"Energy efficiency in companies: Hidden chances for climate protection"
Greater energy efficiency efforts by companies could help Germany save nearly a quarter of the CO2 emissions necessary to reach its climate target of slashing emissions 40% by 2020 over 1990 levels, reports Spiegel Online, citing a paper written by the Fraunhofer Institute for Systems and Innovation Research. Around 50,000 companies could cut their energy usage to save 23 million tonnes of CO2 out of the 85 million necessary to reach the goal, Spiegel Online says. The German government is working on a plan to meet the targets, which the country is predicted to miss by 5-8 percentage points. The main point of contention is whether to close coal-fired electricity plants, which some say are necessary to fill the gaps in renewable energy production when there is no sun or wind. Spiegel says the Fraunhofer report shows potential savings can be had from sources other than power plants. Last week, the government said it would conduct voluntary energy efficiency audits on 50,000 companies every four years.
See the article in German here.
"Windstill in Bavaria"
After months of debating, the Bavarian state parliament is expected this week to sign off on a new law that will increase the distance between power-producing windmills, according to an article in the Süddeutsche Zeitung. The new rules prescribe a distance between windmills of ten times their height, which amounts to around 2 kilometres using the standard height of 200 metres, the report says. Opposition politicians from the Social Democratic Party say this is the "death knell" for wind energy, whereas Bavarian state premier and CSU politician Horst Seehofer says it won't hinder expansion.
Read the article in German here.
Politicians in North and Central Germany want to redraw Suedlink power line map
Several counties in the German states of North Rhine-Westphalia, Hesse and Lower Saxony are protesting the recently proposed route for new Suedlink power lines, which will carry wind power through their regions from the North Sea to Southern Germany, according to dpa-AFX cited on the Frankfurter Allgemeine Zeitung's website. Politicians from those states have criticized the plan as intransparent and said that alternatives had not been properly considered.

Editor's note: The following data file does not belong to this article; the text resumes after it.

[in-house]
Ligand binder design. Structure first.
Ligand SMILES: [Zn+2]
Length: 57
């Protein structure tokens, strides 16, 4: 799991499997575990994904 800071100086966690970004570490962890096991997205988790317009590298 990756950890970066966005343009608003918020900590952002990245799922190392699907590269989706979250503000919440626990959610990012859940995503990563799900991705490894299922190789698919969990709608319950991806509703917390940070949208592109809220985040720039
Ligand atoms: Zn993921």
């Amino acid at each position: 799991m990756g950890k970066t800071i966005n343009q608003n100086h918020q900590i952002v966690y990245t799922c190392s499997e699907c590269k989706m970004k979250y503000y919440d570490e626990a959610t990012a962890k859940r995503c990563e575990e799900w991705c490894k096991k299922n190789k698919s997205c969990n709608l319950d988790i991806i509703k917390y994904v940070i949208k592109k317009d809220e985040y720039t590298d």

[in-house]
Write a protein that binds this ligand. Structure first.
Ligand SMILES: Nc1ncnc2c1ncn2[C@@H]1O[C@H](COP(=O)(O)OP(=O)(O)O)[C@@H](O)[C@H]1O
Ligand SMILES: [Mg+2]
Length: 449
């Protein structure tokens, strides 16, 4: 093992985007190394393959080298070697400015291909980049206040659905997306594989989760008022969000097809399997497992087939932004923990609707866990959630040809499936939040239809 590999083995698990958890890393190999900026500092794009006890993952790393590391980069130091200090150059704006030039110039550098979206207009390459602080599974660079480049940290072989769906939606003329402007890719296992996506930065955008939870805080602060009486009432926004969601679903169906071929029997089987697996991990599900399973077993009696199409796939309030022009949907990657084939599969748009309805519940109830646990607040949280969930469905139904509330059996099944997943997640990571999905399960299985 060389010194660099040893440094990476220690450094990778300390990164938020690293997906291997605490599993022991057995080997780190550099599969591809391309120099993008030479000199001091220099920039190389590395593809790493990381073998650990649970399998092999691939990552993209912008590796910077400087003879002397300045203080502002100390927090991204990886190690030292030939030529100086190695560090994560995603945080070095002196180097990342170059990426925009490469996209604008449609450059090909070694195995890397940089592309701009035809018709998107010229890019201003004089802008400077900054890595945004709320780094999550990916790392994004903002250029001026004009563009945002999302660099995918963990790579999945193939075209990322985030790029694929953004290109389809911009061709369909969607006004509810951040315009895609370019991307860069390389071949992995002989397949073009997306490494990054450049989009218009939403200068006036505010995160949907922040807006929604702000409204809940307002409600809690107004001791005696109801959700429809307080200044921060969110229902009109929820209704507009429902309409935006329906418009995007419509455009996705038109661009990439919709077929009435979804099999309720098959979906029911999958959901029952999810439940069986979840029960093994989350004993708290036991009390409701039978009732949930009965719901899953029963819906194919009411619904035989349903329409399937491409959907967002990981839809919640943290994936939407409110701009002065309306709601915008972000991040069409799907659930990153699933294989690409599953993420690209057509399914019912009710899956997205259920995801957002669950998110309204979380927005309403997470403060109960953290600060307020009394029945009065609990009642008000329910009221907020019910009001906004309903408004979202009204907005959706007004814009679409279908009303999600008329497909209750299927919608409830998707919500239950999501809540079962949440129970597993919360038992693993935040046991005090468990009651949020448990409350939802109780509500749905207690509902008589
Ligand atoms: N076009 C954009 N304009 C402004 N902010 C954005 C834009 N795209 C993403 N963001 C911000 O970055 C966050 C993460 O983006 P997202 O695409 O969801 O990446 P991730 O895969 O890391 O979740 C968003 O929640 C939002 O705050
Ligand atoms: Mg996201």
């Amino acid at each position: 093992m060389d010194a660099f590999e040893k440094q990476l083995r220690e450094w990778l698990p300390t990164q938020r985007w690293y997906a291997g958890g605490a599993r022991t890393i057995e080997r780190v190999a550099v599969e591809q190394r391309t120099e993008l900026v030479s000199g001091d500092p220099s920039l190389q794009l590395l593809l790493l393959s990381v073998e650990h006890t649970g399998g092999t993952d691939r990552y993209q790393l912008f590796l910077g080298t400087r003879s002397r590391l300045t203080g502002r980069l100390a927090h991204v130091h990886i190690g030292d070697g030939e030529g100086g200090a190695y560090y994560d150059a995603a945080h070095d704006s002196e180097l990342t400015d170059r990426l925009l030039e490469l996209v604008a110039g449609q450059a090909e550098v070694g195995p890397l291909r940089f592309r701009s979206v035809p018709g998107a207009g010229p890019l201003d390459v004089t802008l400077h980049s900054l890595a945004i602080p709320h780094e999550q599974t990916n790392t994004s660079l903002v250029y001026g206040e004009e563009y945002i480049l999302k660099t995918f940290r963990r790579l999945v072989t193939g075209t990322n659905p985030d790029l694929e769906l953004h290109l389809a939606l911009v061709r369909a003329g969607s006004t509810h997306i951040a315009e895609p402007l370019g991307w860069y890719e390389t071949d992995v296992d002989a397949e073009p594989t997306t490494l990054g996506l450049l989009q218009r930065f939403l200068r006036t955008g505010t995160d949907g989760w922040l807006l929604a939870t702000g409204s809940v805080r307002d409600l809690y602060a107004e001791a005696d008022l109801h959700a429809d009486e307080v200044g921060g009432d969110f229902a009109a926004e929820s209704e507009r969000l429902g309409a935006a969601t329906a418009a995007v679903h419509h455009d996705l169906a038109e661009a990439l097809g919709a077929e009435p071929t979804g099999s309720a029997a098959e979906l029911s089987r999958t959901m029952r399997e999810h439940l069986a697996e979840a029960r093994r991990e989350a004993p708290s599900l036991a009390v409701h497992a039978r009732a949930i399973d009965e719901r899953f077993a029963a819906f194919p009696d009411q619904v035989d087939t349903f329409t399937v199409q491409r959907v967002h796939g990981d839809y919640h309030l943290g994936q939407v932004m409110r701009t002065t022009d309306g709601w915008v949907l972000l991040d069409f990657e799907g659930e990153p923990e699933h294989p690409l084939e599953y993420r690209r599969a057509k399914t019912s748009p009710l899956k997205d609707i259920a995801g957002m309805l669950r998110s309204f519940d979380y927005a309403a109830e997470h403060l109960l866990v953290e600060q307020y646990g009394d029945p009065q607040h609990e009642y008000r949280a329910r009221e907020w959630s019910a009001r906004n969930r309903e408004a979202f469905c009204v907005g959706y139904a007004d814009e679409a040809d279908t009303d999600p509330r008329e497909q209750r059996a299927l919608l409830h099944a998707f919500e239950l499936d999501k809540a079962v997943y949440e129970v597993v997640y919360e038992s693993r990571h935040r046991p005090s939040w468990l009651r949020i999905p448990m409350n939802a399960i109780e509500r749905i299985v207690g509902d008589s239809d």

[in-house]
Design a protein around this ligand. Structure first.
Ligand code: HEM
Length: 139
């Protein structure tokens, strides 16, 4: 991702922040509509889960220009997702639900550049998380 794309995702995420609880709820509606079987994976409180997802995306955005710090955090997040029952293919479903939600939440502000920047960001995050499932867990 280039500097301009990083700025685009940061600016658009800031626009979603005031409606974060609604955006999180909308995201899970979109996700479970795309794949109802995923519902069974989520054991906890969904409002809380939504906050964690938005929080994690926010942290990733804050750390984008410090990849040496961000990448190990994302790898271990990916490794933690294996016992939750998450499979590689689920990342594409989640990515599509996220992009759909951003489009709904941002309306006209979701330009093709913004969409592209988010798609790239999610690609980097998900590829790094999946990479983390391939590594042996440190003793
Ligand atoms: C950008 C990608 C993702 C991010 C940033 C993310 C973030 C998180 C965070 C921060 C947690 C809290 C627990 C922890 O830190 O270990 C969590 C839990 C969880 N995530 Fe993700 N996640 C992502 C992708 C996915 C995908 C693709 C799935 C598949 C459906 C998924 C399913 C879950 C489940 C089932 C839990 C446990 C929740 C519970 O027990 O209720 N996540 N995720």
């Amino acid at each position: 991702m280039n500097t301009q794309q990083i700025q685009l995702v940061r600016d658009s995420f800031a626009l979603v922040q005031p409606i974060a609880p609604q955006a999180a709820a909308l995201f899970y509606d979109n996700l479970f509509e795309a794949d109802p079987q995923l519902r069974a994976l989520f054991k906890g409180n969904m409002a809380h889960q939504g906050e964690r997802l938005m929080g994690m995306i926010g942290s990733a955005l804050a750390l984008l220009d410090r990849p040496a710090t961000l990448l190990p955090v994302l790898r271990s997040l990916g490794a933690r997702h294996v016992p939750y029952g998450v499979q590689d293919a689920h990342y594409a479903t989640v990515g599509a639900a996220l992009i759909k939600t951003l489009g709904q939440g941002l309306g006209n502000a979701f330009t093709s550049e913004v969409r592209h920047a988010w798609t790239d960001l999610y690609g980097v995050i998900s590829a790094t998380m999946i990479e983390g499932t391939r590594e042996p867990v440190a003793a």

Separately, on Monday, the offshore windpark Meerwind Sued/Ost was connected to the power grid, with the potential to light up 360,000 homes, and two further parks with similar capacity will go online in 2015, according to a report in Germany's taz newspaper. By 2020, offshore windpower will have increased tenfold as more parks are completed, the paper said.
Read the FAZ report in German here.
Read the taz report in German here.
Dow Jones Newswires
Draft bill: Associations criticise pilot auction scheme for solar power installations
A draft version of the new law introducing a system of auctions for photovoltaic installations in Germany lacks provisions to protect citizen-owned projects, say the German Renewable Energy Association (BEE) and the German Solar Energy Association (BSW) according to the Dow Jones Newswires. The competitive bidding scheme (used to determine prices for solar power) will replace feed-in tariffs by 2017 and would favour big commercial actors, the renewable lobby fears.
"When the environment falls prey to ecology"
Protecting the "visual integrity" of Germany's Unesco World Heritage sites has to be kept in mind when developing renewable energy, writes the president of the German Unesco Commission, Verena Metze-Mangold in an opinion piece for Die Welt. She supports the idea of the Energiewende and acknowledges that people are generally in favour of renewable energies even if wind turbines affect the landscape. However, she warns that the protection of landscapes and cultural assets must not be weakened in the process.
See the op-ed in German here.